If we approach the argument from this point of view, whereby the mentally ill patient does not have the knowledge or the faculty of full consent required to commit a mortal sin, his is not a deformed image of God, since that image can only be deformed by sin. Certainly, it is the suffering image of God, but not a deformed image. He is a reflection of the mystery of the victorious Cross of the Lord. Inspired by the image of the Suffering Servant of Yahweh (Isaiah 53:1-7) we are drawn to a conscious act of faith in the suffering Christ.

It is not by chance that in the old popular Mexican language, a mad person was called “bandito,” that is, “blessed”; […] without the full use of reasoning, he was unable to commit sin and was, therefore, destined to eternal life. It is true that the objective disorder of sin and its consequences are manifest in the mentally ill patient; however, at the same time, there is in him the historical equilibrium of the only possible order, the order and equilibrium of the Redemption.

This is not comprehensible to a secularized mentality; it is only understood within the context of Christian optimism, which stems from a reasoned faith that tells us how in such circumstances our obligations towards a mentally ill person, on one hand, satisfy our duty to see the suffering Christ in the poor and less protected; and on the other hand the idea of seeing in the patient the love of God who has indicated him as his chosen one, in the sense that he shall not be separated from Him.

He is therefore a proof of the crucified love of God. Hence, the best thing we can do is to give them a treatment of love. Since the mentally ill patient is also the image of the resurrected Christ, we have the obligation of being the “Good Samaritan,” that is, providing all that is necessary for his care.

We need to think about a series of treatments that should be devised to pull these patients out of the prostration that is all the more painful the deeper the psychic suffering is. In fact these patients often lose the sense of human relations and feel persecuted by a hostile surrounding environment; or the subjectivity of the environment disappears and for them people become many objects, or are indifferent or even real threats to their security.

4. Treating the Mentally Ill
The treatment for a mentally ill patient should be a treatment of loving care, tenderness and kindness, in order to help him cope with his imaginary world, perceived as an enemy, a world in which he often drowns.

The treatment, which should be personalized and of maximum quality, requires also maximum diligence in prescribing treatments and most appropriate medicines. It will draw from all the resources made available by science, be it from medical and technical arts or from the research that is always progressive looking for the most adequate medicaments from the psychosomatic point of view.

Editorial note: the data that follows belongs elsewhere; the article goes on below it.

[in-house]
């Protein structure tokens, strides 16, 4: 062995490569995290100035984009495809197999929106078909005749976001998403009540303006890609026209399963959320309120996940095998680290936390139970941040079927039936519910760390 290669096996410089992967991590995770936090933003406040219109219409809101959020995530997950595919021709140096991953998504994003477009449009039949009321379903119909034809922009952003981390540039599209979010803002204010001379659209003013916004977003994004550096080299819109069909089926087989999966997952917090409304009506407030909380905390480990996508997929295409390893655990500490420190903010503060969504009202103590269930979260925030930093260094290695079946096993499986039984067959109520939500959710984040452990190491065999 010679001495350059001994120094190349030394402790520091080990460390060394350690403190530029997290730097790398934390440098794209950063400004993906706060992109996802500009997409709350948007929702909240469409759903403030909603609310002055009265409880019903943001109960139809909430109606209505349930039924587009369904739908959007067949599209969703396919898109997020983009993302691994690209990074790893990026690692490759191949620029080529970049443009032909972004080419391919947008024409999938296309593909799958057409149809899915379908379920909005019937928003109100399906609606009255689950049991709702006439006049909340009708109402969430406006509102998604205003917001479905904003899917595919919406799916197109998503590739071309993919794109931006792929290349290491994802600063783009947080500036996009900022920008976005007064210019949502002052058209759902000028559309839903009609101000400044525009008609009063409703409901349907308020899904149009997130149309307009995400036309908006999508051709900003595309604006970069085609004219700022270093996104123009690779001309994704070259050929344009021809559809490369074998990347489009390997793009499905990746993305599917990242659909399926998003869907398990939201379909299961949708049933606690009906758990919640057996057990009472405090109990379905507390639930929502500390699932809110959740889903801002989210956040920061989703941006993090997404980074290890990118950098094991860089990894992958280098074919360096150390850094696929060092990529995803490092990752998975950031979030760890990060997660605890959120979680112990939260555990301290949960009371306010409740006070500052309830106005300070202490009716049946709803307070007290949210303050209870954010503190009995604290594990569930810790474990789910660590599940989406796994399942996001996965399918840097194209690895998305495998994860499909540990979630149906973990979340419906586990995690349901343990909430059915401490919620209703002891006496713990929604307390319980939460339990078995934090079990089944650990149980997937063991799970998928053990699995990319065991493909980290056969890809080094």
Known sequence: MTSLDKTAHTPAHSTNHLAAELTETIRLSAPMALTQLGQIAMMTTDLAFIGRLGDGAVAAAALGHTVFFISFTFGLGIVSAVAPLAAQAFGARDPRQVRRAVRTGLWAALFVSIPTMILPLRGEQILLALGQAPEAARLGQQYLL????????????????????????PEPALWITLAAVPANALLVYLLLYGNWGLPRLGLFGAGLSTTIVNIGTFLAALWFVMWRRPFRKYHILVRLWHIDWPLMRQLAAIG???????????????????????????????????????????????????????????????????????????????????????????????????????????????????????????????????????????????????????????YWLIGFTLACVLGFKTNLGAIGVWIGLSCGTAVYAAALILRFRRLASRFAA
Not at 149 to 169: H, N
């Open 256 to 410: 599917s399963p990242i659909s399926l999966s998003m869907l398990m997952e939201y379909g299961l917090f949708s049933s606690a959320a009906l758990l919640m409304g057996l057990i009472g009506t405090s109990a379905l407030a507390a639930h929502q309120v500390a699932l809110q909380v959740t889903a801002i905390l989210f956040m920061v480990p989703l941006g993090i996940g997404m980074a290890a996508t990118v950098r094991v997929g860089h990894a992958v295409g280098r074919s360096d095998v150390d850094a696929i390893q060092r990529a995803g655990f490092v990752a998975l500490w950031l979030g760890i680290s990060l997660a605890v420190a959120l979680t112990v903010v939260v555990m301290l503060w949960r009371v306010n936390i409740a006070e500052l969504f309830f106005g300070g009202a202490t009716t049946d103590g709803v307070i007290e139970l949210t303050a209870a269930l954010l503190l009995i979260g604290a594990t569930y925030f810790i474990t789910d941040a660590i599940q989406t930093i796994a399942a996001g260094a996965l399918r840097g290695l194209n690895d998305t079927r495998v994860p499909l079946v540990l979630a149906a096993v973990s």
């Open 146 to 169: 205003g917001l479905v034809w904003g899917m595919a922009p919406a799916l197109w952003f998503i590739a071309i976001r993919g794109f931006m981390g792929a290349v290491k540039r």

Practical Lines of Action
In this perspective, allow me to suggest some guidelines for practical interventions, which will help us offer a loving care to the mentally ill:

General Interventions:

— Establish, in the education systems, solid religious foundations that help one to work out clear and stable horizons, to be followed for a lifetime.
— Be aware of the system of values underpinning the whole human life and make reference to it, especially to avoid that mental illness is lived with anxiety, sadness and desperation.
— Fight against relativism, consumerism, pseudo-culture of instinctive desires and pansexualism.
— Promote the dignity of mentally ill patients.
— Foster a healthy development of the child, including his brain functions.
— Make awareness programs on mental illnesses for the society so that people may know about them and prevent them.
— Exhort religious orders and congregations, whose charisma it is to take care of these patients, not to waver in their commitment and to dedicate particular care to them, given the particular emergency that this illness presents.
— Support these patients with the administration of sacraments where this is possible.
— Enlighten and console the mentally ill with the Word of God, if their mental and physical condition allows it.
— Be aware of the fact that the rehabilitation of a mentally ill patient is a duty of the whole society together, within the context of solidarity that shows preference for those who are most in need.
— Promote a social and physical environment that favors human relations and for the mentally ill patients a sense of belonging to a concrete community. …

Remembering that sentence engraved on the lintel of a German hospital “Infirmis sicut Christo” — to the sick as to Christ — I would like to conclude my reflection insisting on this image of Christ suffering in the depth of his soul, full of pain and affliction, yet he succeeds in transforming this evil into a source of life, since his pain and suffering constitute the nucleus of his Resurrection, and therefore our salvation.

Our way of approach to the mentally ill is a difficult test for our faith. Handling them effectively means professing our faith in the agonizing and suffering Christ, but at the same time victorious. This is the sense of today’s celebration of the World Day of the Sick, dedicated to the mentally ill patients.